Charter schools are public schools of choice that operate with freedom from many of the local and state regulations that apply to traditional public schools. Charter schools allow parents, community leaders, educational entrepreneurs, and others the flexibility to innovate, create and provide students with increased educational options. Charter schools exercise increased autonomy in return for stronger accountability. They are sponsored by designated local, state, or other organizations that monitor their quality and integrity while holding them accountable for academic results and fiscal practices.

Magnet Schools

Magnet schools are designed to attract students from diverse social, economic, ethnic, and racial backgrounds by focusing on a specific subject, such as science, technology, or the arts. Some magnet schools require students to take an exam or demonstrate knowledge or skill in the specialty to qualify to go to the school, while others are open to students who express an interest in that area.

Advanced Placement and Int’l Baccalaureate Programs

Advanced Placement (AP) courses offer rigorous content, and at the end of a course students can take the national Advanced Placement exam. If they score well on the exam, many colleges and universities will grant college credit for completing the course. The International Baccalaureate (IB) is a program of rigorous academic courses. Students who graduate from the program receive an International Baccalaureate diploma that is recognized by colleges and universities throughout the world. Other students may choose not to take the full IB curriculum but pursue certificates in individual areas. Elementary and middle schools may also offer components of the IB program.

Religious Private Schools

The majority of nonpublic schools are religious. Many are affiliated with a denomination, local church, or religious faith such as Roman Catholic, Protestant, Greek Orthodox, Jewish, Muslim, Buddhist, or other.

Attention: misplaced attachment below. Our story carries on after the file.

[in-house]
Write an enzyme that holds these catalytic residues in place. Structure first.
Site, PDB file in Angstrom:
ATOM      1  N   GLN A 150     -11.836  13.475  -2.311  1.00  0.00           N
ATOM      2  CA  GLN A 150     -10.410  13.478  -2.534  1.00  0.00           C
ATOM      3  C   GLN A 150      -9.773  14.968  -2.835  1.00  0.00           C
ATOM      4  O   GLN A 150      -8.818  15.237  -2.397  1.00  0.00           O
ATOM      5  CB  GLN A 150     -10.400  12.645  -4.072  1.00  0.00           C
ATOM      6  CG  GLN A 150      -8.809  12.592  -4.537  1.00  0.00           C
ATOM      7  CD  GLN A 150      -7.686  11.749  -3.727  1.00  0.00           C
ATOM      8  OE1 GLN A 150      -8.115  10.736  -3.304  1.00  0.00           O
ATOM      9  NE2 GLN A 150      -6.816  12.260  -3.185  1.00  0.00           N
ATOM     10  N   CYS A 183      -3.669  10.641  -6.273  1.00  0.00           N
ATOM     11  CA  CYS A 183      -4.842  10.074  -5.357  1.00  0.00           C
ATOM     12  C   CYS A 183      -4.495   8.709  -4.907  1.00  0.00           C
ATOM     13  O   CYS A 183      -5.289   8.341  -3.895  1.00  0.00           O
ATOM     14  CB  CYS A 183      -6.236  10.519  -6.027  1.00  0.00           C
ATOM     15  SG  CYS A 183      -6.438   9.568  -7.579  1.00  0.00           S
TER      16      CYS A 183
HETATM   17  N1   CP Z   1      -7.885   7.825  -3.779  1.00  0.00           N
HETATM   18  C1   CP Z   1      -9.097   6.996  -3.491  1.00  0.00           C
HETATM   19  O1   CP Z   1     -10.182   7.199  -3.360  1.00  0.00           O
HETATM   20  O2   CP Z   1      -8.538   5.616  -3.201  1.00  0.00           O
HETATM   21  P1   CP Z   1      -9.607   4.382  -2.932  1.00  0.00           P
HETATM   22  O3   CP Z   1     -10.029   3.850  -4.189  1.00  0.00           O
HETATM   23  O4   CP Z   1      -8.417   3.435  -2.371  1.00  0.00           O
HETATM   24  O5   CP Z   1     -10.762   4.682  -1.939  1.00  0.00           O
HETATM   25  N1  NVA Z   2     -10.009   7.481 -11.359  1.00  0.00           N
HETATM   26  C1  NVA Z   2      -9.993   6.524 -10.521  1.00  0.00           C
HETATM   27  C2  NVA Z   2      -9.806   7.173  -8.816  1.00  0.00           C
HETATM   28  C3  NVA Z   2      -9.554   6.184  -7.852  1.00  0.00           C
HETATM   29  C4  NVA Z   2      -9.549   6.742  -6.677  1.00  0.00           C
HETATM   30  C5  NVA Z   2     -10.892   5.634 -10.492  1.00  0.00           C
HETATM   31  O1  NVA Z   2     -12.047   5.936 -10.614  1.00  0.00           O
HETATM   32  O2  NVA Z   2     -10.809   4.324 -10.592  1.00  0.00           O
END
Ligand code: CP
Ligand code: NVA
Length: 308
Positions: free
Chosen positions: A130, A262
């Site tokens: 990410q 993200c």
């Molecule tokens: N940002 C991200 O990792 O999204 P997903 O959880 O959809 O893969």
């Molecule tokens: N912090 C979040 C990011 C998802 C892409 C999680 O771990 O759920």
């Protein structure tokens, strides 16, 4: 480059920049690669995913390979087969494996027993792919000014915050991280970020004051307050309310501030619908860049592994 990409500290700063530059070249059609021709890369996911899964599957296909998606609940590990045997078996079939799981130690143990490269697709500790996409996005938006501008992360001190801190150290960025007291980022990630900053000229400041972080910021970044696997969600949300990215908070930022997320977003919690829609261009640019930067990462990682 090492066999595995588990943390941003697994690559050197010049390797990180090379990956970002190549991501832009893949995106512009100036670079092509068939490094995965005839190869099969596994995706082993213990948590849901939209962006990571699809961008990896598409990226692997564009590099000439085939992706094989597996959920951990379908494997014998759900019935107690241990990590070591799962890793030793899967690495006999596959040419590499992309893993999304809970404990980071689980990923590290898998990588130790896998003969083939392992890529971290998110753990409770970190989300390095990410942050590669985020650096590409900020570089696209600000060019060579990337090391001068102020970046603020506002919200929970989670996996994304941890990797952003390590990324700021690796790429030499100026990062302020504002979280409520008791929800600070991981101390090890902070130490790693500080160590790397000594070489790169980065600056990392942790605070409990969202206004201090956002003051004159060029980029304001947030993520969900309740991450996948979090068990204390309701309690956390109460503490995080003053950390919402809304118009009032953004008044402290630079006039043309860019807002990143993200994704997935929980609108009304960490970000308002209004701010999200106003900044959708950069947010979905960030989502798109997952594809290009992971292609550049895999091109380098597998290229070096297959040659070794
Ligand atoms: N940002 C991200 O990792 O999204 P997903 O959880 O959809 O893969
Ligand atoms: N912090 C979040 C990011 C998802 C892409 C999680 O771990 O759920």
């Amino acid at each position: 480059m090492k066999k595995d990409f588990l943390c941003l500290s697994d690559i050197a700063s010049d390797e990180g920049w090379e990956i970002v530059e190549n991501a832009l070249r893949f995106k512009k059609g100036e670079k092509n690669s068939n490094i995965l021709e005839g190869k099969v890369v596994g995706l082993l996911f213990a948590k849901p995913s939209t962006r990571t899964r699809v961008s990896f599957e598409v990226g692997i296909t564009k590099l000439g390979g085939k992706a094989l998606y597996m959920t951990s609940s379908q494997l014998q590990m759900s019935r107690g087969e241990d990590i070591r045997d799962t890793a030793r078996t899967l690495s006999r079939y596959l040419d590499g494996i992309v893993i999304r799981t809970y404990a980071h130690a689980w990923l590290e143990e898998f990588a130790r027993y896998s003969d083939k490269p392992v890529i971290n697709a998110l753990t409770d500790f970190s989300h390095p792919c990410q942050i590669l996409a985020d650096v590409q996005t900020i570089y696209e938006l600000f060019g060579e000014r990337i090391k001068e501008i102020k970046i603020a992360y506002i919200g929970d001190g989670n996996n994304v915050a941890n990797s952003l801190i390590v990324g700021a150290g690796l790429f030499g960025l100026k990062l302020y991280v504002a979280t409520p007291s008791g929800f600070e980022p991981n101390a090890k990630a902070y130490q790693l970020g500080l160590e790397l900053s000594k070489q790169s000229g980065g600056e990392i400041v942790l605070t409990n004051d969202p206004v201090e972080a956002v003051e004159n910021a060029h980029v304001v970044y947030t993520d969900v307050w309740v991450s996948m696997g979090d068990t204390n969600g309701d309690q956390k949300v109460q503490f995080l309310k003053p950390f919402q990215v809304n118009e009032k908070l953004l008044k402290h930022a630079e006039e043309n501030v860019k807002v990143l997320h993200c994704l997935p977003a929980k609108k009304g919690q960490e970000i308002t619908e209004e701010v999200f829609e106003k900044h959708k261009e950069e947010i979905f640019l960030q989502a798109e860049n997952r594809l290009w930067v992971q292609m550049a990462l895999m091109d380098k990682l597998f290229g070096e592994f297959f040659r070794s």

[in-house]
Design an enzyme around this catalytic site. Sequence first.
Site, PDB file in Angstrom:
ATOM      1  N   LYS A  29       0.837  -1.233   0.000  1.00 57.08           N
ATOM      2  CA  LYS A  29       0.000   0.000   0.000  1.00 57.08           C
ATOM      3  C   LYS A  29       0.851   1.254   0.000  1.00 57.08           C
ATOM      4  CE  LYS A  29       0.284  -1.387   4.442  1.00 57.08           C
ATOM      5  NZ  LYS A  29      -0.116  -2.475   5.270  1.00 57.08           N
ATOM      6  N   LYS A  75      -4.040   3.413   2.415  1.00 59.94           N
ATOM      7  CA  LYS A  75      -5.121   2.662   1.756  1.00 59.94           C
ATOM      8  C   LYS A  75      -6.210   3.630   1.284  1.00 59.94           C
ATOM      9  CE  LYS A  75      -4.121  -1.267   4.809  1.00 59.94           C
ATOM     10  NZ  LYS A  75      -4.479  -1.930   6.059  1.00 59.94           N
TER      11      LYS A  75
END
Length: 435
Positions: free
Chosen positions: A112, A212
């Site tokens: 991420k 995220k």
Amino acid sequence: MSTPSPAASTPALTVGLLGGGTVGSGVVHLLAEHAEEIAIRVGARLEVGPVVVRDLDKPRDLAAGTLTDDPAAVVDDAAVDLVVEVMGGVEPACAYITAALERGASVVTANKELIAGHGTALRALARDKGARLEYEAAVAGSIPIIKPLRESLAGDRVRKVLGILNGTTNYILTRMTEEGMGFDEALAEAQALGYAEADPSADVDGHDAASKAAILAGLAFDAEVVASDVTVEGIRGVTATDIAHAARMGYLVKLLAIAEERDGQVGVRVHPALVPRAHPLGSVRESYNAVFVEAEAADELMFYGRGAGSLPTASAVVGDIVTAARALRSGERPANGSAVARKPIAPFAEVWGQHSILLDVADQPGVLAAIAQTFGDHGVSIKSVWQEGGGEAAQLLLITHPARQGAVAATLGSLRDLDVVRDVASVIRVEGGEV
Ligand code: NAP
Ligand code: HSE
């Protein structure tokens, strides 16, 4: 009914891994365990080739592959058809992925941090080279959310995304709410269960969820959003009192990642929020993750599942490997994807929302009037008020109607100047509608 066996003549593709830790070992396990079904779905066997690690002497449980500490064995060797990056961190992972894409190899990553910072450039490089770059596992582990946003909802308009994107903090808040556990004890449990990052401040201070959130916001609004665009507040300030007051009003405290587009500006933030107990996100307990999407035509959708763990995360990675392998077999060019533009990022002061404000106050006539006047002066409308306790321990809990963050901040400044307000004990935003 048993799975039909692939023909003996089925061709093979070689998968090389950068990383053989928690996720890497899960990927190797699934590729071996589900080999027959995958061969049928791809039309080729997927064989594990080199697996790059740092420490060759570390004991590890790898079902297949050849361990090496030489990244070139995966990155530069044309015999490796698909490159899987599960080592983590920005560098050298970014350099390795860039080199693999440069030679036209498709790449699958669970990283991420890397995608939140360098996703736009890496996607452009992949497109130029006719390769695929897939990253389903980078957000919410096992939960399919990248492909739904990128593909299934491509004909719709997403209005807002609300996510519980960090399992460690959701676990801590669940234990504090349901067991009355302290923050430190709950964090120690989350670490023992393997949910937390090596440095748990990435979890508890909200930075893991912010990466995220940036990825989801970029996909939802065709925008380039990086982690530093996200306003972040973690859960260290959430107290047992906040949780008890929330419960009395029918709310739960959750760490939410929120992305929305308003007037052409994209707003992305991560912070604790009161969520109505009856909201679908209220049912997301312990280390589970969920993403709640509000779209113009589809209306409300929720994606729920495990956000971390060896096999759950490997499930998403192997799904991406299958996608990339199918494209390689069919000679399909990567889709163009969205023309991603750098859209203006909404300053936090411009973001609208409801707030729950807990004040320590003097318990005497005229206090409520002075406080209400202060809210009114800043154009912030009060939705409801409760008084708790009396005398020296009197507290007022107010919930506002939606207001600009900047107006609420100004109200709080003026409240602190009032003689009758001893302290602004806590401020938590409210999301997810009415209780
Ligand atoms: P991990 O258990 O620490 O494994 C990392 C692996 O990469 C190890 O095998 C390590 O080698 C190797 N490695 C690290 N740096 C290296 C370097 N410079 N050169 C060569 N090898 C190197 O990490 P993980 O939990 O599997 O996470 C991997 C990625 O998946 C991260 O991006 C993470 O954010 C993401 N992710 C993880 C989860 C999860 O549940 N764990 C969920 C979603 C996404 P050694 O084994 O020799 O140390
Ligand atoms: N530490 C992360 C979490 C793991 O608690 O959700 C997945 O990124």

Secular Private Schools

There are also many nonpublic schools without a religious identity or affiliation. Some of these private schools are preparatory schools designed to prepare students for college. These schools often have a traditional or elite reputation and a long history. Other schools are based on a particular educational philosophy or approach to learning, such as Montessori or Waldorf schools; have a special education focus, such as schools for the deaf or blind; or have been established for families and children who may be dissatisfied with various aspects of conventional schools.

Homeschooling

Homeschooling is an option for a growing number of parents. Some parents prepare their own materials and design their own programs of study, while others use materials produced by companies specializing in homeschool materials. Some take advantage of virtual school programs or other educational resources available on the Internet.

Of course, exercising this option may require major changes in how your family lives. Teaching your children at home is an ambitious undertaking, requiring time, planning, creativity, and commitment. Be sure to check with your state because different states have different requirements for homeschooling.

School choice can help give every child an excellent education. It is amazing what can happen when parents get involved. School choice gives you more opportunities to achieve your expectations for your child. Armed with options and information, you can be a powerful advocate for your child.

Source: U.S. Dept. of Education

For a selection of the region’s top preschools and private schools, check out Tidewater Family’s Go-To Guides: www.tidewaterfamily.com/guides.